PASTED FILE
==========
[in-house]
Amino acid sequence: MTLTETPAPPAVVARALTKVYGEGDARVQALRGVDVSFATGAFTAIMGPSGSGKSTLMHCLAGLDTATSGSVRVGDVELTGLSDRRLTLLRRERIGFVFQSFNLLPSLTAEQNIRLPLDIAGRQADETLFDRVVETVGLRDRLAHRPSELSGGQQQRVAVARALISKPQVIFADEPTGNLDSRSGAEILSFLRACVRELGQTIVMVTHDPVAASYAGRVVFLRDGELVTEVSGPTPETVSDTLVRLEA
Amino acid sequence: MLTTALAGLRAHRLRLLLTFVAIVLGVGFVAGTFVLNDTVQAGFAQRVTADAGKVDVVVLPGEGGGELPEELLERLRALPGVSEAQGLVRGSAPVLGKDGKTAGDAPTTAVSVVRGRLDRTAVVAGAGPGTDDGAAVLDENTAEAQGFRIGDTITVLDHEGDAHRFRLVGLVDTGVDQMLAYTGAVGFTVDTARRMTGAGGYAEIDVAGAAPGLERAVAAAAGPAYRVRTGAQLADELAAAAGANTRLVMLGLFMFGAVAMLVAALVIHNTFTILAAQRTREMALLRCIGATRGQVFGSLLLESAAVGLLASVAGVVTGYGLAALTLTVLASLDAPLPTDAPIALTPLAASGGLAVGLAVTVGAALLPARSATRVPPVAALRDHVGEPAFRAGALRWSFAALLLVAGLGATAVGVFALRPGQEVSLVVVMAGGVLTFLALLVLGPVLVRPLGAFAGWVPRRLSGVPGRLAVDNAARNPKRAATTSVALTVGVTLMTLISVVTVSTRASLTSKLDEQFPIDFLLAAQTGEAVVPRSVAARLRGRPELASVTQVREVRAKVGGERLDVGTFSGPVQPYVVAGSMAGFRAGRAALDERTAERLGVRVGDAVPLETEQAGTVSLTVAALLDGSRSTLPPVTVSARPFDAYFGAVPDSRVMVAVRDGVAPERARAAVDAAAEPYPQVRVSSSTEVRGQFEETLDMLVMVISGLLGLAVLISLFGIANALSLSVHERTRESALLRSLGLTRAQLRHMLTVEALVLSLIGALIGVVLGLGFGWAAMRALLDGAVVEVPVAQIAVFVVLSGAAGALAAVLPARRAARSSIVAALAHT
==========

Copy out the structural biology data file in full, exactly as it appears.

[in-house]
Amino acid sequence: MTLTETPAPPAVVARALTKVYGEGDARVQALRGVDVSFATGAFTAIMGPSGSGKSTLMHCLAGLDTATSGSVRVGDVELTGLSDRRLTLLRRERIGFVFQSFNLLPSLTAEQNIRLPLDIAGRQADETLFDRVVETVGLRDRLAHRPSELSGGQQQRVAVARALISKPQVIFADEPTGNLDSRSGAEILSFLRACVRELGQTIVMVTHDPVAASYAGRVVFLRDGELVTEVSGPTPETVSDTLVRLEA
Amino acid sequence: MLTTALAGLRAHRLRLLLTFVAIVLGVGFVAGTFVLNDTVQAGFAQRVTADAGKVDVVVLPGEGGGELPEELLERLRALPGVSEAQGLVRGSAPVLGKDGKTAGDAPTTAVSVVRGRLDRTAVVAGAGPGTDDGAAVLDENTAEAQGFRIGDTITVLDHEGDAHRFRLVGLVDTGVDQMLAYTGAVGFTVDTARRMTGAGGYAEIDVAGAAPGLERAVAAAAGPAYRVRTGAQLADELAAAAGANTRLVMLGLFMFGAVAMLVAALVIHNTFTILAAQRTREMALLRCIGATRGQVFGSLLLESAAVGLLASVAGVVTGYGLAALTLTVLASLDAPLPTDAPIALTPLAASGGLAVGLAVTVGAALLPARSATRVPPVAALRDHVGEPAFRAGALRWSFAALLLVAGLGATAVGVFALRPGQEVSLVVVMAGGVLTFLALLVLGPVLVRPLGAFAGWVPRRLSGVPGRLAVDNAARNPKRAATTSVALTVGVTLMTLISVVTVSTRASLTSKLDEQFPIDFLLAAQTGEAVVPRSVAARLRGRPELASVTQVREVRAKVGGERLDVGTFSGPVQPYVVAGSMAGFRAGRAALDERTAERLGVRVGDAVPLETEQAGTVSLTVAALLDGSRSTLPPVTVSARPFDAYFGAVPDSRVMVAVRDGVAPERARAAVDAAAEPYPQVRVSSSTEVRGQFEETLDMLVMVISGLLGLAVLISLFGIANALSLSVHERTRESALLRSLGLTRAQLRHMLTVEALVLSLIGALIGVVLGLGFGWAAMRALLDGAVVEVPVAQIAVFVVLSGAAGALAAVLPARRAARSSIVAALAHT